Self-stimming refers to the act of doing repetitive behaviors such as rocking, hand flapping, finger flicking, humming, toe walking, jumping, using echolalia, and even self-injury. There are many more possible behaviors that a child on the Autism spectrum might present with. ‘Stimming’ is often a way for a child (or an adult) to deal with a stressful situation, to deal with sensory dysfunction, or simply a way to retreat into one’s self.
Most of the time, professionals and parents refer to stimming as something that has to be curbed, stopped, or made more appropriate. I’ve thought in the past that stimming needed to be stopped entirely, however; I now believe that stimming occurs for a reason and sometimes it’s ok to stim (as long as we exclude self-injury).
Think about it this way, we all do things that technically speaking, could be considered stimming. We listen to music with headphones as we walk down the road, we curl up with a good book, we draw, we piddle around in the yard, basically, we do things to relax and to retreat into a world that allows us to de-stress. We all are guilty of having stims.
For neurotypical people, it’s pretty easy to just turn the music off, shut the book, put down the pencil, and come in the house. We transition quite nicely from relaxing to doing something else. Children on the spectrum can often get ‘lost’ in a stim and retreat so far into themselves that it’s hard to bring them back to the surface where the rest of us are. They don’t transition as well from the stim to doing something else.
I’ve watched my son, come home take off his shoes and start humming that wonderful 3-note tune as soon as he walks through the door. Kind of like when you get back from a long day at work, take your shoes off, put your feet up, and watch Sportscenter (or whatever!). I’ve come to realize that stimming isn’t the end of the world and it really only becomes a problem when a child gets ‘lost’ in the stim and can’t come out of it on their own, does it more often than not, stims to the point that it severely interferes with the learning process, or when it involves any self-injury.
I’m a firm believer that stims should be allowed (I’m speaking about young children here) to some degree (except self-injury). Really, they are a way of coping with a world that’s out of control and a body that often can’t be controlled.
If your child’s way of stimming happens to be playing with water, staring at the blinds, humming, rocking, or whatever than treat any underlying sensory issues with an OT, and allow for some freedom and flexibility when it comes to stimming (at least to the same degree you allow yourself to ‘relax’).
Of course, the goal is to keep brining your child into your world to communicate, to learn, to connect—but we also have to remember their world and their priorities aren’t always the same as ours. We may say to ourselves, ‘man I can’t wait to get home and put my feet up and flip through the channels’ while your person on the Autism spectrum may be thinking, ‘man I can’t wait to get home and watch the water fall through my hands’. While these two are drastically different in what society accepts as normal, they are both ways to relax.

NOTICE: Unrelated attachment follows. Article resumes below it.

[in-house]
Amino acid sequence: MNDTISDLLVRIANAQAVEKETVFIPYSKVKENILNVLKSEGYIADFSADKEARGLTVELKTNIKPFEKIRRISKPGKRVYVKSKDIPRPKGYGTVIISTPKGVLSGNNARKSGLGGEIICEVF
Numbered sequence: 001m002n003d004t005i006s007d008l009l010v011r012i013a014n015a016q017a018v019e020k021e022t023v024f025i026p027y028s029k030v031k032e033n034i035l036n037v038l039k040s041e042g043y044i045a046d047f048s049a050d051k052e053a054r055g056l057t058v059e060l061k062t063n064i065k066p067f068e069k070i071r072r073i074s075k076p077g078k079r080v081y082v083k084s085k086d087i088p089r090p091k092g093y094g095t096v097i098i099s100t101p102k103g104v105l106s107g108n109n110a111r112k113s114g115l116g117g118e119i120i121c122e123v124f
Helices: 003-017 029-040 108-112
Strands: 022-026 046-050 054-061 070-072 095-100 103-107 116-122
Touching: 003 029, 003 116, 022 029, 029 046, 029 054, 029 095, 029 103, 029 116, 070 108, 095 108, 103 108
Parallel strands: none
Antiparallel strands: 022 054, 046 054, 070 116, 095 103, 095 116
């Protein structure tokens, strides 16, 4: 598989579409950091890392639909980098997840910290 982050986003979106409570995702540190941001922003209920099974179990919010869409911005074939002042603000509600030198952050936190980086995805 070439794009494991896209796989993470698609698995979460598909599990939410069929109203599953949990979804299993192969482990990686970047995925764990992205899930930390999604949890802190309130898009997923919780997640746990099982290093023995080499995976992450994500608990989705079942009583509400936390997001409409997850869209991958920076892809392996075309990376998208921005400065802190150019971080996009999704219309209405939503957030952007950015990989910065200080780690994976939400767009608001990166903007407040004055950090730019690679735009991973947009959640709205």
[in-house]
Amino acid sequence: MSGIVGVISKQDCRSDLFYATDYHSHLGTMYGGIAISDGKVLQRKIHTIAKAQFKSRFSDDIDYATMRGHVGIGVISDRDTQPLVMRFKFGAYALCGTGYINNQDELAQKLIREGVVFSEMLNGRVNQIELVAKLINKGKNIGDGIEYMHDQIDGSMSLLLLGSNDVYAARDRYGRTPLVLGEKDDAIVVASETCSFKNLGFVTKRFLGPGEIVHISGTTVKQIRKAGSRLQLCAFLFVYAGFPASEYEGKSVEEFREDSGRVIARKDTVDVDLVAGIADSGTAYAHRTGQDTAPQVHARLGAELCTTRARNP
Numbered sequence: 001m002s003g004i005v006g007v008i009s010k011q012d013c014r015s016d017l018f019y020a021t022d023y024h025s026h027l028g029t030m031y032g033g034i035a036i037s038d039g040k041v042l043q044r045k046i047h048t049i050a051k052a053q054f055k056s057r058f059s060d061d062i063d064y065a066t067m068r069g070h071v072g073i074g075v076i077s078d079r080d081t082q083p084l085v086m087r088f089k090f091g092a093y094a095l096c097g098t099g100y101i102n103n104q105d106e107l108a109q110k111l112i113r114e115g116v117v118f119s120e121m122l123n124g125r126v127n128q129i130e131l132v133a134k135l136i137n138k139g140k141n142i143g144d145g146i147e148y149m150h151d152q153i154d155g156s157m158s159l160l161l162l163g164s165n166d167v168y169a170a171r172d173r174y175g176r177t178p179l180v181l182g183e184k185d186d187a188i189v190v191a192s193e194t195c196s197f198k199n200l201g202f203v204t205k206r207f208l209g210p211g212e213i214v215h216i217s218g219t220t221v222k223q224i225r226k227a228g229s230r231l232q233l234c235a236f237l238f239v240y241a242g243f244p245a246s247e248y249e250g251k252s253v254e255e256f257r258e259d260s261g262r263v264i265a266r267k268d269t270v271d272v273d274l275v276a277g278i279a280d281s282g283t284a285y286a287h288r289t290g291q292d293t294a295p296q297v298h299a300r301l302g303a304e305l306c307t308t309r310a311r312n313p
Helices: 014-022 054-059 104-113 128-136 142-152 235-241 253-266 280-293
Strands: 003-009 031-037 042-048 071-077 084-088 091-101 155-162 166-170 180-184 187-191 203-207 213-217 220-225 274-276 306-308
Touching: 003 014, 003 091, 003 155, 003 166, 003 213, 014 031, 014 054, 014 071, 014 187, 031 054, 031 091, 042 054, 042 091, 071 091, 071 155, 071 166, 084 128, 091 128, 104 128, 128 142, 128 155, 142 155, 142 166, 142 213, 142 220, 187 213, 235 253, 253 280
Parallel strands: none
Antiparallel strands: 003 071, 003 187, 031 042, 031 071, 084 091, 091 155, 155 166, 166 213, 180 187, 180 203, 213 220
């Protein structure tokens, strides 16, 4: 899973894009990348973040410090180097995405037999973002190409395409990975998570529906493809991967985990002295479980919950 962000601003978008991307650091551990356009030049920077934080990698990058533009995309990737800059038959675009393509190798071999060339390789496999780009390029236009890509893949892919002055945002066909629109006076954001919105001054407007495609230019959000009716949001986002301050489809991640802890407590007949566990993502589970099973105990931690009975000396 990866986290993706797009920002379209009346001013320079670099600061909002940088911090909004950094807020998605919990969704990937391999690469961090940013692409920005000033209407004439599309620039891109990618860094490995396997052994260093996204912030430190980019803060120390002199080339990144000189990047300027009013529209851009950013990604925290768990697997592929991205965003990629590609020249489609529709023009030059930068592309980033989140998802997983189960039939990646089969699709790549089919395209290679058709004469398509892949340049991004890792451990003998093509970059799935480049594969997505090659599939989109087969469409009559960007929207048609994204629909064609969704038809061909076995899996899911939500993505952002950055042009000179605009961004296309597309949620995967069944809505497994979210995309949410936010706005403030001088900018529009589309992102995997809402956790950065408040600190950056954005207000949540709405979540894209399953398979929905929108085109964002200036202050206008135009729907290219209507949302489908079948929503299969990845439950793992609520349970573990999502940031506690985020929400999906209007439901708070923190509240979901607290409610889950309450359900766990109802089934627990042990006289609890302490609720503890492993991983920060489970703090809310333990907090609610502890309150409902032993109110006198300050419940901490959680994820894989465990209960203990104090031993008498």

Another way to view self-stimulatory behavior is that they are a way of fending off the meltdown for young children. Let me give you an example. Let’s say you’ve decided to take your little one to McDonald’s to eat and you’ve chosen a nice time of day when there isn’t likely to be large groups of people eating there. Everything is going all hunky dory until a bus pulls up with 50 rowdy high school kids coming home from a football game. It’s too late to leave—you’ve just ordered your food and you’ve got to wait till it comes out.
Now 50 kids rush in the building, talking, yelling, laughing, and bumping into each other and you and your little one. Your little one takes this about as well as a claustrophobic in a crawlspace. And in order for your child to make it through the next few minutes he starts humming away at his favorite three note tune (or any other stim). At this point, I’m guessing that this kid is trying not to lose it and the stim holds the world in place as much as possible.
You, on the other hand, have two choices here. You can try to stop the stim and see what happens or you can just let it slide. Total meltdown or stim? Hmmm, I’m gonna go with ‘stim’ on this one. If it’s absolutely something you as a parent just can’t deal with, how about some type of compromise? Our route has been to try to make the stims something we can deal with but also allows Ewan to access that kind of self-calming mechanism. In the case of the 3-note tune, we’ve now been able to get Ewan to sing or hum actual songs. If people stare, we just say he loves music, so what. If the rocking is too much for you, try getting your child to substitute that for tapping their hand on their leg or using some type of squish ball or other sensory equipment / toy.
Working with a professional OT to deal with sensory dysfunction and allowing your child some flexibility or more socially appropriate stimming is often a much more realistic approach than stopping them entirely. Occupational Therapists, that specialize in sensory integration, are well versed in substituting socially inappropriate stims for something more functional.
Again, as in dealing with any part of Autism, some things take patience and perseverance and this part is no different. As long as the stims aren’t self-injurious, interfering with the learning process or aren’t too socially unacceptable, I’d say relax your stance on stimming a bit. Self-injury ALWAYS needs to be addressed because even slight problems with this can balloon out of control.
If your child is doing any type of self-injury it is important to discuss this with your child’s physicians and therapists to find effective ways to end this type of behavior.
Originally posted on The Autism Life